Facebook Keeps Data Secret, Letting Conservative Bias Claims Persist Conservatives accuse Facebook of being biased against right-wing views, but engagement data tells a different story. The most popular content on Facebook, though, remains a secret.

Facebook Keeps Data Secret, Letting Conservative Bias Claims Persist

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AILSA CHANG, HOST:

Something we've heard from Republicans for quite some time now is they don't trust Facebook. Just today President Trump called for the repeal of legal protections for the tech industry. That was after Facebook removed one of the president's posts, which made a false claim about the coronavirus. And here's Republican Congressman Jim Jordan back in July.

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JIM JORDAN: I'll just cut to the chase. Big Tech's out to get conservatives. That's not a suspicion. That's not a hunch. That's a fact.

CHANG: Well, we wanted to follow the facts on this argument, so we turned to NPR tech reporter Bobby Allyn.

Hey, Bobby.

BOBBY ALLYN, BYLINE: Hey, Ailsa.

CHANG: All right. Just before we begin, we should note that Facebook is a financial supporter of NPR. Now, Bobby, what specifically are Republican lawmakers accusing Facebook of doing when it comes to conservative viewpoints?

ALLYN: Yeah. So when conservatives talk about Facebook not giving them a fair shake, you know, they're really talking about two separate things - first, that Facebook silences conservative voices by taking down right-wing views. And on that, there's just no evidence. And secondly, there's this idea that conservative news is suppressed on Facebook. And to evaluate that, we just need more data. Facebook keeps information like the top 10 most popular news items totally secret. And so that creates this big vacuum, and into that vacuum goes, you know, lots of speculation and conjecture. I talked to Kathy Qian. She's a data scientist with Code for Democracy.

KATHY QIAN: Facebook can't just release more data about what people see privately, right? So it's kind of like a purgatory of their own making.

ALLYN: Right - a purgatory of their own making because Facebook refuses to open its hood and show the public what people are seeing on the site. But we do have a little bit of data, Ailsa.

CHANG: OK, so what does that data tell us?

ALLYN: Yeah. There's this tool called CrowdTangle. It's owned by Facebook, and it measures engagement. So, you know, every time you like or give a sad face or leave a comment, it counts all that stuff up. And far and away the most engaged-with content comes from conservatives - so commentators like Ben Shapiro and right-wing outlets like Breitbart. So that tells us something - right? - that, you know, conservative stories are pulling people in unlike anything else. But just because posts have lots of likes doesn't mean it's the most popular thing on Facebook. Here's data scientist Qian again. She says, you know those emoji reactions you can do on Facebook? She said it's kind of hard to understand what they mean sometimes.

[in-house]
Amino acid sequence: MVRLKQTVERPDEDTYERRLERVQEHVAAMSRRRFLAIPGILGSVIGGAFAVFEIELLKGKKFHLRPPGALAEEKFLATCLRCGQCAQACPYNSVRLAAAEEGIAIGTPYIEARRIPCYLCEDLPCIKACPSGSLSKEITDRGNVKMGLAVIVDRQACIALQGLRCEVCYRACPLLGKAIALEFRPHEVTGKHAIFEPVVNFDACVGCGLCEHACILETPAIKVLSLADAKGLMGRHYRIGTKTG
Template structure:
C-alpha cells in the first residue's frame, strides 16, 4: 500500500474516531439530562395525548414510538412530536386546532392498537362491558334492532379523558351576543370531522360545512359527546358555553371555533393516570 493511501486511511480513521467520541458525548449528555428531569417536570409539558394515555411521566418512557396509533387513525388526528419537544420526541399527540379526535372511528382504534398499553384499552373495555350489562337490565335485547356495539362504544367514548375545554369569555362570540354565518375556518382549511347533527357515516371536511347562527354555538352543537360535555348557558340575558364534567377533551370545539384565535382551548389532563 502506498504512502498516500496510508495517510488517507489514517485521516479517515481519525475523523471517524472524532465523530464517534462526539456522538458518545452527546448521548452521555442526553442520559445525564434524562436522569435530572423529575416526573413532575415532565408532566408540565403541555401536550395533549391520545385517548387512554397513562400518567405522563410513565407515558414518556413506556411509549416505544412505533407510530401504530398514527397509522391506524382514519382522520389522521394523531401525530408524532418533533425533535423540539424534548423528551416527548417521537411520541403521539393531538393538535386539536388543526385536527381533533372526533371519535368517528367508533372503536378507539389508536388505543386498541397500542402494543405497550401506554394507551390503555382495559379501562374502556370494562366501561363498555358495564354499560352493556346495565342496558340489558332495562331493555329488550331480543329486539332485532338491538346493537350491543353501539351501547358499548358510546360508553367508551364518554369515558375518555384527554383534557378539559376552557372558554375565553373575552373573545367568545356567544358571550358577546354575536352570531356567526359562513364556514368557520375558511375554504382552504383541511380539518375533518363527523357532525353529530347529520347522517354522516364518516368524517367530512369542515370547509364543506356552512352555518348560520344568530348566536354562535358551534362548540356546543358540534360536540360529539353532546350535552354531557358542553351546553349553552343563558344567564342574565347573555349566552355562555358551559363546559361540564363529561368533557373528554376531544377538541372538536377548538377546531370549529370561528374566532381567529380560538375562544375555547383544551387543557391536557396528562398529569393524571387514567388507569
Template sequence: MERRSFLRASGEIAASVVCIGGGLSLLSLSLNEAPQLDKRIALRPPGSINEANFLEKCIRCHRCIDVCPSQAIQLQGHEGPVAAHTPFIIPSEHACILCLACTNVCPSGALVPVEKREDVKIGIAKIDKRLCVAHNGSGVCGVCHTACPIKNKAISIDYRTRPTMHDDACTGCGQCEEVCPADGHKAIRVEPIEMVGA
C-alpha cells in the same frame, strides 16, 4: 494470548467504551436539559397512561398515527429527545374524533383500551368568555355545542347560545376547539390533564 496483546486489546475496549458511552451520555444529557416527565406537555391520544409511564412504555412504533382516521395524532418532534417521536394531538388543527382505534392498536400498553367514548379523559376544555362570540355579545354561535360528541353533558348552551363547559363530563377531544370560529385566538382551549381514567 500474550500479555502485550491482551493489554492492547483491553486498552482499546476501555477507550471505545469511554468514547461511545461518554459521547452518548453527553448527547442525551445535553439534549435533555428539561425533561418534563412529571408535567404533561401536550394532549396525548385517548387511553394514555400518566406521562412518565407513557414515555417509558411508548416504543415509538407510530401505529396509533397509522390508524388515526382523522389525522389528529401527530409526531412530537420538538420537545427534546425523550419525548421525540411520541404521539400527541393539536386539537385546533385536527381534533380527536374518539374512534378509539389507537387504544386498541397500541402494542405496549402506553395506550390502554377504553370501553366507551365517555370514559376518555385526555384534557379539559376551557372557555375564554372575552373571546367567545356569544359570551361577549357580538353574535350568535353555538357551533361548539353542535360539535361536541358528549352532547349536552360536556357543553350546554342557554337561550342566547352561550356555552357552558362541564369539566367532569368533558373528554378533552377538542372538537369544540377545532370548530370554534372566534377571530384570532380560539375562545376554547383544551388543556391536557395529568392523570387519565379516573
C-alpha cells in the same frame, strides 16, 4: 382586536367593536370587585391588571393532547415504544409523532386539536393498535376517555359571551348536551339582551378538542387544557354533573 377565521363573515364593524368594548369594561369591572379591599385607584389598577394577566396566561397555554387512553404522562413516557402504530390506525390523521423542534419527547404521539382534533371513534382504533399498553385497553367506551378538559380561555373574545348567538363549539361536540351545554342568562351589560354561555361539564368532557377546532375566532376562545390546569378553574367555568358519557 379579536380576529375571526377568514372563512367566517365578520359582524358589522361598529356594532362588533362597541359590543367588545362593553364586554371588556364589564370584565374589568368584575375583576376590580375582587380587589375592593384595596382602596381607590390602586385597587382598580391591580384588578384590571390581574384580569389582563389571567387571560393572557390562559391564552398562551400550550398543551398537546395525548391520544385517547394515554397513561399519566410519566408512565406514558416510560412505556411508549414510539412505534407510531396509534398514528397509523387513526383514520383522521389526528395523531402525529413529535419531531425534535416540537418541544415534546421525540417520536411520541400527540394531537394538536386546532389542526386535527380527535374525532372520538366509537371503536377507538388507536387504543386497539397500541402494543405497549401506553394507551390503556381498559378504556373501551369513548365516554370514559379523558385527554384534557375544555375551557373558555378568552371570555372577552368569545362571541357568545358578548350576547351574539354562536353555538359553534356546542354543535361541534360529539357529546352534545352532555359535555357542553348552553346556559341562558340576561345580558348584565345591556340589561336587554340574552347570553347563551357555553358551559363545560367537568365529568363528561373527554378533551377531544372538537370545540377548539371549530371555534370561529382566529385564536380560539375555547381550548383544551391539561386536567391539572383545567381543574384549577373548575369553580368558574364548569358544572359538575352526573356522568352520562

QIAN: The laughing face - like, what does that mean? It can mean, like, you know, I agree with this, or, like, this is so hilariously untrue. It's just really hard to tell what people actually mean by those reactions.

ALLYN: Yeah, I'm not so much of a hate-liker on Facebook, but I do know a few.

CHANG: So do I. All right, so we don't know exactly what's popular on Facebook, but we do know that conservative outlets do draw a lot of responses online. So how about Facebook pulling President Trump's post like it did today? Does that suggest Facebook is targeting the president?

ALLYN: Yeah. So whenever Facebook acts on Trump's posts, it's going to get a lot of attention, though that doesn't necessarily mean that Facebook is out to get the president. You know, Facebook very well may be pulling down more conservative posts than liberal posts. But, you know, I talked to a lot of former Facebook employees, and they told me that's just because there is more extreme right-wing content floating around on Facebook. The conservative media world is very well-developed and has such a passionate following, and some of this stuff, as we know, stretches the truth or just contains straight-up falsehoods. Brendan Nyhan is a political scientist at Dartmouth who studies Facebook. He thinks it's the opposite of a conservative bias. He says in order to appease conservatives, Facebook is, you know, bending over backwards sometimes.

BRENDAN NYHAN: They are incredibly concerned about being seen as on the side of liberals. That is against the profit motives of their business. So I don't see any reason to think they have a secret, hidden liberal agenda.

ALLYN: Right. So it all comes back to this Facebook black box. And until Facebook gives us more data, the debate is just going to be very frustrating.

CHANG: That is NPR's Bobby Allyn.

Thank you, Bobby.

ALLYN: Thanks, Ailsa.

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